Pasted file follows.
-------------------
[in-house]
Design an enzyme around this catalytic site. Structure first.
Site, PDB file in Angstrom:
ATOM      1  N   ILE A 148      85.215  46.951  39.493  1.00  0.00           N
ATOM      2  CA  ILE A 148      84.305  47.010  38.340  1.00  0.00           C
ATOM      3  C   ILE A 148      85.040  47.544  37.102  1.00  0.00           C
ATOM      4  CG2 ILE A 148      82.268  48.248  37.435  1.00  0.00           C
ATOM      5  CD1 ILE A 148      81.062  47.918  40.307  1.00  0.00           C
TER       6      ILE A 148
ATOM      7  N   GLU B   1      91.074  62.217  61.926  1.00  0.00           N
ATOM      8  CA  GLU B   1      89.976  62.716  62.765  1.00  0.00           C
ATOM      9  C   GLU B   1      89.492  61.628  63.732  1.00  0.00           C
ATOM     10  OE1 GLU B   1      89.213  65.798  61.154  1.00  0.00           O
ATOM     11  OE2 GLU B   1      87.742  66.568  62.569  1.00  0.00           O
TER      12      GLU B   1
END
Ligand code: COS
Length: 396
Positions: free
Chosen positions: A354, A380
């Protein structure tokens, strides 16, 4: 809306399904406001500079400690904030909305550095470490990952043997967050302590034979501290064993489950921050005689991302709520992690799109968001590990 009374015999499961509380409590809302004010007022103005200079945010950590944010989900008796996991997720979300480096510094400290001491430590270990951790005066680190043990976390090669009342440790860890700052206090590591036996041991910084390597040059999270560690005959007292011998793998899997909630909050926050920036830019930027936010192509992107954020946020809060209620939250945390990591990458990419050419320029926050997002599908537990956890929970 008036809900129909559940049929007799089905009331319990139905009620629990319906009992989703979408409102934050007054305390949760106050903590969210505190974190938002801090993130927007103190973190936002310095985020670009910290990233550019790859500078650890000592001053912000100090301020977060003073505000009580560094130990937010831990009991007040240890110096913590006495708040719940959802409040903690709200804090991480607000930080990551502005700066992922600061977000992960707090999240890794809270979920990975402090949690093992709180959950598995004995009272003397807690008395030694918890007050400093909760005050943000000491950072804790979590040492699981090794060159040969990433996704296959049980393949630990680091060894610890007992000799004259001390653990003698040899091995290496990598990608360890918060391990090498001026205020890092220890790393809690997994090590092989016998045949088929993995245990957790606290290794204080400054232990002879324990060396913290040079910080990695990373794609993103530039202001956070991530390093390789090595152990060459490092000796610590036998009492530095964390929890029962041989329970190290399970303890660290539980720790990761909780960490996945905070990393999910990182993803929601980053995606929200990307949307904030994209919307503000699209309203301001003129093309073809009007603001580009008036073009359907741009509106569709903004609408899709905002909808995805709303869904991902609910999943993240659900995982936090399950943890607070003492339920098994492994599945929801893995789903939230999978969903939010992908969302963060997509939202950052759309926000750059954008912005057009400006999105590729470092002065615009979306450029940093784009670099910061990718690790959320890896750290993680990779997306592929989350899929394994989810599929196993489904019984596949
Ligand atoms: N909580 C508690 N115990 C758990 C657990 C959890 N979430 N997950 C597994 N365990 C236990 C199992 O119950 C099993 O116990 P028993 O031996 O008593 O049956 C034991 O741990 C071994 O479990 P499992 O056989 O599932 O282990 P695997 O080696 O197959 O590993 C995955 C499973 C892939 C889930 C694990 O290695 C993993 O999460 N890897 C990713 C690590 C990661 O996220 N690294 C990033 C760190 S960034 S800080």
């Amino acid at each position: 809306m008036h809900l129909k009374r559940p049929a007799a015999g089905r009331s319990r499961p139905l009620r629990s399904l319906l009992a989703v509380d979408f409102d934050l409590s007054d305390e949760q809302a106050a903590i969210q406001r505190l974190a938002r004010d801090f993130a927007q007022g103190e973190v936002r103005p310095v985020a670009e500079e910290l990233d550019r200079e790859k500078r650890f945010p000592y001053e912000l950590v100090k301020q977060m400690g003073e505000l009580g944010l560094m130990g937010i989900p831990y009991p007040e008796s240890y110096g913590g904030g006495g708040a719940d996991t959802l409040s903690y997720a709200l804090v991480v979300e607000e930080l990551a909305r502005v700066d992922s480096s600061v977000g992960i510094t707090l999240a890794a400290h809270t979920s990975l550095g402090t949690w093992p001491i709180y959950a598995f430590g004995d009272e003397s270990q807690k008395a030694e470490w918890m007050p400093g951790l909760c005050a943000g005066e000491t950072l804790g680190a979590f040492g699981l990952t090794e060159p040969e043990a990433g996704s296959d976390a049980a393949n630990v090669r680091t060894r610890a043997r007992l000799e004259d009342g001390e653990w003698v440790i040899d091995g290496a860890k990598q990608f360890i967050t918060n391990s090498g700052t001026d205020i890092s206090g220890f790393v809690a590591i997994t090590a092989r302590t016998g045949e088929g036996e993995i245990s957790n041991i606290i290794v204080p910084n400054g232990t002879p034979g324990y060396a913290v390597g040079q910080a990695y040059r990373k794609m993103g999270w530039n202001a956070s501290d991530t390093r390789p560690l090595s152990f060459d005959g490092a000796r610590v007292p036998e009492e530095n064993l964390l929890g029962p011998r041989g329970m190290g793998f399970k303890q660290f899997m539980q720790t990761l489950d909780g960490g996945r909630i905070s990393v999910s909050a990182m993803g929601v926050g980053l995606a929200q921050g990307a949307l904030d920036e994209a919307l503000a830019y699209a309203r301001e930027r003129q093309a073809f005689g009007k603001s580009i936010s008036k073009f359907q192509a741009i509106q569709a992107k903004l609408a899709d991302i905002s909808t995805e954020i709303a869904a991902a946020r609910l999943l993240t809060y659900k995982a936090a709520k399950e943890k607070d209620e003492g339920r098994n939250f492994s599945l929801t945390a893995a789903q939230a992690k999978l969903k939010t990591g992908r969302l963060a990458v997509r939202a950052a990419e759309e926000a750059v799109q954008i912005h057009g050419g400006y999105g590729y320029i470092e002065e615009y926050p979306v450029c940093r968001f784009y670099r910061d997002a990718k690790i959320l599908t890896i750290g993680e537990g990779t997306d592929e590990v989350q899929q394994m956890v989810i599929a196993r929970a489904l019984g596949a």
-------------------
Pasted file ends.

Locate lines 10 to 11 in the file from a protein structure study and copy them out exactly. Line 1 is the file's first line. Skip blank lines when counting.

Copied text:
ATOM      7  N   GLU B   1      91.074  62.217  61.926  1.00  0.00           N
ATOM      8  CA  GLU B   1      89.976  62.716  62.765  1.00  0.00           C